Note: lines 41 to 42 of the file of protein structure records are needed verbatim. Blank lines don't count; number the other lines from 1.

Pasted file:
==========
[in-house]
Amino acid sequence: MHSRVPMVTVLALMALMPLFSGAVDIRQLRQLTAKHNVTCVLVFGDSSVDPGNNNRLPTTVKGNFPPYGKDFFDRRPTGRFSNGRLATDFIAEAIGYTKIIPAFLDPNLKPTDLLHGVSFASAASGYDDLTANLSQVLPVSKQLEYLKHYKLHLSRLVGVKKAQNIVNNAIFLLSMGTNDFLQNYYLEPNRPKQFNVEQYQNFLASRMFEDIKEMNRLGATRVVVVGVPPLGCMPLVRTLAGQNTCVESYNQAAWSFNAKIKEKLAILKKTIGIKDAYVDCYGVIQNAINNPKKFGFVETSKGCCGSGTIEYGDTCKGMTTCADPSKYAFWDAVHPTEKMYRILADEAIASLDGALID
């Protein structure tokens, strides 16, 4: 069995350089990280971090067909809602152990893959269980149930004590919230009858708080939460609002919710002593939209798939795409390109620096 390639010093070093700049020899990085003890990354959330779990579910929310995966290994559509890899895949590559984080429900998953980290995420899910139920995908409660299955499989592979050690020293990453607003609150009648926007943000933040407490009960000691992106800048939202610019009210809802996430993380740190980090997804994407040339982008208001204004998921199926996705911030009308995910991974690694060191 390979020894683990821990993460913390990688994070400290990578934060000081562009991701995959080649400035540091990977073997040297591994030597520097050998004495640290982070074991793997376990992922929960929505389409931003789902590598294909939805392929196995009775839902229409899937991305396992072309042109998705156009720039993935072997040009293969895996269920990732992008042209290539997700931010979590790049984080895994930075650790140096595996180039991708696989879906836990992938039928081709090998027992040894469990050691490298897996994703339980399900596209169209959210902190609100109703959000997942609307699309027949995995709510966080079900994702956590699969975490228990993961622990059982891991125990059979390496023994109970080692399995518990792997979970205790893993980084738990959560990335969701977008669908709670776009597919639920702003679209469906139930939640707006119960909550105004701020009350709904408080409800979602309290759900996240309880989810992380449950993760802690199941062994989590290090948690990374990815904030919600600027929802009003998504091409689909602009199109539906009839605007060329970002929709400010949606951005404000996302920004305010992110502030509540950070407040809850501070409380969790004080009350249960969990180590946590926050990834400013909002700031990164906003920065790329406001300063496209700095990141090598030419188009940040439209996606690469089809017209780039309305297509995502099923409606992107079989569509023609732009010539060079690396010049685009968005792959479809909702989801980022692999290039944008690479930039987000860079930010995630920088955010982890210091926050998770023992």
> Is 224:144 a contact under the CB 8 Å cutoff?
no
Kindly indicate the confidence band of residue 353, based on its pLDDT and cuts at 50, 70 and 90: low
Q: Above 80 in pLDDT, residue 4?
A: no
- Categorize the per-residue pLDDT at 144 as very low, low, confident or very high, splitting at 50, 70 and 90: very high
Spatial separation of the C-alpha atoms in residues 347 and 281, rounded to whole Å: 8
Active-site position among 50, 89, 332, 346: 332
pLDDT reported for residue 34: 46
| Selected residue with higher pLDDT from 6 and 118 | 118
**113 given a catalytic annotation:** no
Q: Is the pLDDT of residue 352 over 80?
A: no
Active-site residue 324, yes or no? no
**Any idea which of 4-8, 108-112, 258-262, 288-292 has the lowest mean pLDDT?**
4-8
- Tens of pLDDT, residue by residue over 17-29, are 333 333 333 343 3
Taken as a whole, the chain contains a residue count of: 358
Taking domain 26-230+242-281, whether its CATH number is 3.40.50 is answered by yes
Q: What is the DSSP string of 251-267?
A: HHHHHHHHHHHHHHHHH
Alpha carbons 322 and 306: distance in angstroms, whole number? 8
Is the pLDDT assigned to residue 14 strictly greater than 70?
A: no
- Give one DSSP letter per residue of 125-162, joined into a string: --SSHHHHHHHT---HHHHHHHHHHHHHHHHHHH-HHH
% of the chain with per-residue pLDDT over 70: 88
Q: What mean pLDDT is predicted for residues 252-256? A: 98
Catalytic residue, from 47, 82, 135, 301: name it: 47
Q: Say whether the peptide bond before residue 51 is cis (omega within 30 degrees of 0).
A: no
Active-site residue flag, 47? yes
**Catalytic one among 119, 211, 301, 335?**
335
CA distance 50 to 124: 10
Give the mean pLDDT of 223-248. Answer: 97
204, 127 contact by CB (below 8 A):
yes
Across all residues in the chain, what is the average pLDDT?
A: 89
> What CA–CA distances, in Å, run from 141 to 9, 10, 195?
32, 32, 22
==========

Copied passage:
Across all residues in the chain, what is the average pLDDT?
A: 89